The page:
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Shortly after Apple launched its iOS App Store on July 10, 2008, the company received an influx of new app submissions from burgeoning developers all around the world. And while the App Store dynamics may have changed quite a bit since those early days, we can’t forget about some of the earliest and most controversial app store submissions.
The majority of customers visiting Apple’s iOS App Store likely do so with the intention of spending anywhere between zero and perhaps $10 or $20. Most apps, including games, are now offered as free-to-download and generally feature an assortment of $2, $3 or even $5 in-app purchases meant to enhance your experience using it. The majority of high-quality professional-grade apps, such as VizzyWig 4K photo and video editor, can run up to $99.99.
But one of the most bizarre and functionally pointless titles, dubbed ‘I am Rich’, which was offered for download by its German developer, Armin Heinrich, for a whopping $999!
The mid-2008 application was essentially devoid of any useful features and was otherwise “useless” according to a CultofMac report.
Within just weeks of being released for download, Apple caught wind of ‘I am Rich’ and abruptly removed the title from its iOS App Store, as reported by The Los Angeles Times backin August 2008.
It was only following the controversy and outcry over the app’s thousand-collar buy-in price that its creator actually spoke up and defended his decision to offer it in the first place.
“I found that some users complain about prices for iPhone applications above 99 cents,” Heinrich told the paper in an interview, adding that “I regard it as art. I did not expect many people to buy it and did not expect all the fuss about it.”
The app itself, which did “nothing useful,” would display a red jewel on the user’s display upon being opened; and, once the jewel was tapped, the app would allegedly display the following:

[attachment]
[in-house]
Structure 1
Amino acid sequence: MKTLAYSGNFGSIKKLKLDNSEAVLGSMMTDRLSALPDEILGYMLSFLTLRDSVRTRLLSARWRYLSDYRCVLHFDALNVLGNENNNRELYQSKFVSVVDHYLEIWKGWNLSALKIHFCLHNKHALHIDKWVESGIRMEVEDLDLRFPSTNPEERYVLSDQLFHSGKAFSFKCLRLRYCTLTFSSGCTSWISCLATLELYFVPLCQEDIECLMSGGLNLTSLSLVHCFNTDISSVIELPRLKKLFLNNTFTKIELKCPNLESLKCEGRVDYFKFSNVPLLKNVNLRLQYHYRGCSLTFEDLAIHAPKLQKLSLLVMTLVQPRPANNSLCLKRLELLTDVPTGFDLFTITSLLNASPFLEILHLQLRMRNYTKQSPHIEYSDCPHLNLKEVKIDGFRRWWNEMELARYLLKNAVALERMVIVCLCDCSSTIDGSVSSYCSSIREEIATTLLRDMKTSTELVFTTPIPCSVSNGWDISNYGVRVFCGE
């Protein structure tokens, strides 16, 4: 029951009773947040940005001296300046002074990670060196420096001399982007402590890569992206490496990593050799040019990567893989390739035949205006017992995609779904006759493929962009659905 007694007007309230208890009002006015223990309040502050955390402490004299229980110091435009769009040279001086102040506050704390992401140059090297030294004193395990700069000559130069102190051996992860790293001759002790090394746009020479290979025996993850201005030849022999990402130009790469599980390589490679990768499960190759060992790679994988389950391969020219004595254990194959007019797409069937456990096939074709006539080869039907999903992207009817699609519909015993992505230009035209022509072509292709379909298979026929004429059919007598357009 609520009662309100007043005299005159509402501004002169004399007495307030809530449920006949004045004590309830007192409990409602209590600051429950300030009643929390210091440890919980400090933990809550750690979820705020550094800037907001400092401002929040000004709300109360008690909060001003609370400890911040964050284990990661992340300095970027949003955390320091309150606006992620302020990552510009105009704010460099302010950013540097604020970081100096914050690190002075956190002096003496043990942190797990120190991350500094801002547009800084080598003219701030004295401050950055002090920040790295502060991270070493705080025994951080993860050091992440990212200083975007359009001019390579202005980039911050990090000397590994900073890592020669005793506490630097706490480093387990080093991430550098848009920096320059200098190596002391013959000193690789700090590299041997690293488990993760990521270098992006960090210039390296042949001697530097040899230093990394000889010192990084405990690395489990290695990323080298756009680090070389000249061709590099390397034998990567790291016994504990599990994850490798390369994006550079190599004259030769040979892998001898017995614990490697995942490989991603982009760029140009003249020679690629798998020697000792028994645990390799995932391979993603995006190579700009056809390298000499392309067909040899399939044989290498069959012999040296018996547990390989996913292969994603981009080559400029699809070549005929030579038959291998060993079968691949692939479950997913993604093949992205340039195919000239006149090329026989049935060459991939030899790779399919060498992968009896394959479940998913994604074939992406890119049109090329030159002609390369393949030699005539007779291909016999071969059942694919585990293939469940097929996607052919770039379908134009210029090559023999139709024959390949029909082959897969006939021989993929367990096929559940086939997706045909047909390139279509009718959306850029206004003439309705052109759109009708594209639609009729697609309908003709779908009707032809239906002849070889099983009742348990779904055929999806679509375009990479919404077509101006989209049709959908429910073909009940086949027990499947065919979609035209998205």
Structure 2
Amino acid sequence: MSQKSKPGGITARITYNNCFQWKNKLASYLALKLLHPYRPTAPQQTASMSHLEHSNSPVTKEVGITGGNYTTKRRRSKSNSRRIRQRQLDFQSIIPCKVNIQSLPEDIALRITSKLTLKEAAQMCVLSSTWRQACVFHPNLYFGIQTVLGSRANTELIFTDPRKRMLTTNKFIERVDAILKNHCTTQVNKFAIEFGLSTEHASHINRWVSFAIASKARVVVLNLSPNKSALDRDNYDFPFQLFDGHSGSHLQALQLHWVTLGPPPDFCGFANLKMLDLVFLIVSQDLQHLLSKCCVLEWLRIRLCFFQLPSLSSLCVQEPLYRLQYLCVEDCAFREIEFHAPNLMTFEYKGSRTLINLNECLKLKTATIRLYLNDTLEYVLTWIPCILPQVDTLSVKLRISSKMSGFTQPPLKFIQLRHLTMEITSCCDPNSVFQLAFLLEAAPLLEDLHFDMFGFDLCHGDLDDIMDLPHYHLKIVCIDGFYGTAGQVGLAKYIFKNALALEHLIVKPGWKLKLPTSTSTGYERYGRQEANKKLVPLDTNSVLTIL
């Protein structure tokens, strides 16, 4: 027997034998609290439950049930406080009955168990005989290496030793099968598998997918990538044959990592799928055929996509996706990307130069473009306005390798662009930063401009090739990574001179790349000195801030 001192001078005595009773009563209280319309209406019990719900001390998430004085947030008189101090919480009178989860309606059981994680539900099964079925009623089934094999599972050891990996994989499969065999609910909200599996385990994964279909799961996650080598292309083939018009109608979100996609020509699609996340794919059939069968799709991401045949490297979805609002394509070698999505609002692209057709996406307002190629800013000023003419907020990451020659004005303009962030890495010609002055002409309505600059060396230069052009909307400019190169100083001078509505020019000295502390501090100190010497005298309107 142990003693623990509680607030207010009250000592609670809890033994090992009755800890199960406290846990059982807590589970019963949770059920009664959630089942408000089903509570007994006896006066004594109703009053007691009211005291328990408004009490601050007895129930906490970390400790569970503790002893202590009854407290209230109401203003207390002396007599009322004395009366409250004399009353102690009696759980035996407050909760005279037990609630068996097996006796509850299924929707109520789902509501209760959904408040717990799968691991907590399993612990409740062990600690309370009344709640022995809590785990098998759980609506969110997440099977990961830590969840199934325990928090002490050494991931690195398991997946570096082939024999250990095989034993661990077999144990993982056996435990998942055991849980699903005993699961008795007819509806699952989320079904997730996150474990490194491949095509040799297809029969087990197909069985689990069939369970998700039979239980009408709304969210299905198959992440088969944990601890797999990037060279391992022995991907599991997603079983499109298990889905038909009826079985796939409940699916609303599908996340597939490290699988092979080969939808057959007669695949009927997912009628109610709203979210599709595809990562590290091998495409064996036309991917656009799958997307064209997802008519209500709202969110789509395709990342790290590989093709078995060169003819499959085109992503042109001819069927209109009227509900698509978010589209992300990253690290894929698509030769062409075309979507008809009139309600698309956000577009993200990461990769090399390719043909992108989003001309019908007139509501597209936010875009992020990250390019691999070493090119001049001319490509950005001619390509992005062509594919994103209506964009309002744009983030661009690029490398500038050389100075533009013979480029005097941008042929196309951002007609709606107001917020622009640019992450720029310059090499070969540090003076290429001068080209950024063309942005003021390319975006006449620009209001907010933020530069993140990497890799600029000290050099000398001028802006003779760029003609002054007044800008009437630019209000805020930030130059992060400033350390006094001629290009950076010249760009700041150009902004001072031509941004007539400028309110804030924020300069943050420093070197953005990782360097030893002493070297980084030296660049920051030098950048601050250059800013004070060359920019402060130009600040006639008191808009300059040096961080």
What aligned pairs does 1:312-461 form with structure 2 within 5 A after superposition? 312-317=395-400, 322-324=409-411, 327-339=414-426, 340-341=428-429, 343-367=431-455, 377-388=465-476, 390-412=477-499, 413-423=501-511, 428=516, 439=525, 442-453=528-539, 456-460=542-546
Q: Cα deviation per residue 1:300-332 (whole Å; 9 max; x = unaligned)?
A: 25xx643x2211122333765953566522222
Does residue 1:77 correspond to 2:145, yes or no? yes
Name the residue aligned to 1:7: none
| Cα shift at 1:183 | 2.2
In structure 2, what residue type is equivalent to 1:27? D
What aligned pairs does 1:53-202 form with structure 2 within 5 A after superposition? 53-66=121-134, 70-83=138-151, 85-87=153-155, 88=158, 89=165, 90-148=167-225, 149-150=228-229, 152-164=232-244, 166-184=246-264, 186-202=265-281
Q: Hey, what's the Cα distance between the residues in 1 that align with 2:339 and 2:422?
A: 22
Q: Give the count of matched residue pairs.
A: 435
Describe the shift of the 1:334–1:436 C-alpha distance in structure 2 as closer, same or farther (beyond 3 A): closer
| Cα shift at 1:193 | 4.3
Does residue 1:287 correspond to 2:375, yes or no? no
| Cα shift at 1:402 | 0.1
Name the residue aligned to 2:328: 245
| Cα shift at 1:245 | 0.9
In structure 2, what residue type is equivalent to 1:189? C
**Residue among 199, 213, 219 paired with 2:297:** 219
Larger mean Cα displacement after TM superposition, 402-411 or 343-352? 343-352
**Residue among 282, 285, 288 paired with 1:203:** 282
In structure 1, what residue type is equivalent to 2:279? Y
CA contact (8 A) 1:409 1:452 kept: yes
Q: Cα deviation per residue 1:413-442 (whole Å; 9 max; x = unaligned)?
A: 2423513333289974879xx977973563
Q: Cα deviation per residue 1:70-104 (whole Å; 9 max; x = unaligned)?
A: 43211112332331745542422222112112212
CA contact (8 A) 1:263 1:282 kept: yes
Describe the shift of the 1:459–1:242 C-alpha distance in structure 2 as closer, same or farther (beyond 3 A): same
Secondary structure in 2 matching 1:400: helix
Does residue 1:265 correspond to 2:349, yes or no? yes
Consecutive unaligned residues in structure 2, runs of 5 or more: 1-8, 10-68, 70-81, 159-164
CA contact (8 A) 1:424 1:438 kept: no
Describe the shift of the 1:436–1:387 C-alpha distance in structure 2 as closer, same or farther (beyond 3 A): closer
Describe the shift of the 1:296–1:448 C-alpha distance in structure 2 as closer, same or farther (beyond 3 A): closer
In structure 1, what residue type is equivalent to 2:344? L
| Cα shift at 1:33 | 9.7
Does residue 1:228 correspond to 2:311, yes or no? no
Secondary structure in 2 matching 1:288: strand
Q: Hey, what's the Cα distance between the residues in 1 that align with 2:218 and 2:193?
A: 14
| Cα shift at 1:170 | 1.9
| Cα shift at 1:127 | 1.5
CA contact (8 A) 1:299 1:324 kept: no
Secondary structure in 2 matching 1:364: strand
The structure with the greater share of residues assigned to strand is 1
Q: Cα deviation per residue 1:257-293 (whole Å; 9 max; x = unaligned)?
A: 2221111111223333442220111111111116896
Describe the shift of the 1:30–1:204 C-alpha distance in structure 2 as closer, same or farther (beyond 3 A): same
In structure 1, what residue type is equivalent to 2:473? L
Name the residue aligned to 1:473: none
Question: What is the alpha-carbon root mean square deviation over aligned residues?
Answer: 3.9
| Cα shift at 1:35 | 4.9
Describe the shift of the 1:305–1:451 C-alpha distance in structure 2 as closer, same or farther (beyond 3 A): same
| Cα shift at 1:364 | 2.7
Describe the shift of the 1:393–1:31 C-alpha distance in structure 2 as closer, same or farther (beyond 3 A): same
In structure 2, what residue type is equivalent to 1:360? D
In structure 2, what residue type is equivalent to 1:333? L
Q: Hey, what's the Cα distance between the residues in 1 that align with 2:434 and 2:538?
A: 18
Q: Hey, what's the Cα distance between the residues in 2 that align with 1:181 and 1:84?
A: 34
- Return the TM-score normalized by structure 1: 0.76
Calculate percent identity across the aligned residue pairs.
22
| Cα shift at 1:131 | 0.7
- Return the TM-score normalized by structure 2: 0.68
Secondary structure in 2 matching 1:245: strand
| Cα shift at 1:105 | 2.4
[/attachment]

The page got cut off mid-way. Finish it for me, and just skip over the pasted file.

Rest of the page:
I deserv [sic] it
I am good,
healthy & successful”
Perhaps the most puzzling aspect of the app, was that it not only received a barrage of scathing and admonishing reviews, but even despite that, at a whopping $999 to download, the developer was still able to sell the title to eight users. Amazingly, only two of which actually asked the company to reverse the sale, realizing it was probably the most ill-informed purchase of their lives.
Giving It Another Go?
Despite Apple removing ‘I am Rich’ from its App Store ten-years ago today, and Heinrich himself reportedly being inundated with hate messages — “many of them insulting” — the dev still managed to emerge from the woodwork a few years later with an updated title dubbed I am Rich LE. Costing a more reasonable $9.99, the app features a basic calculator in addition to a spell-checked version of the original I am Rich mantra above.
Unfortunately for Heinrich, the more affordable variant of I am Rich was still a bit too pricey for most users, and it largely failed to achieve the same publicity as the original. It still got some pretty decent reviews on the App Store, but has not been updated in over two-years.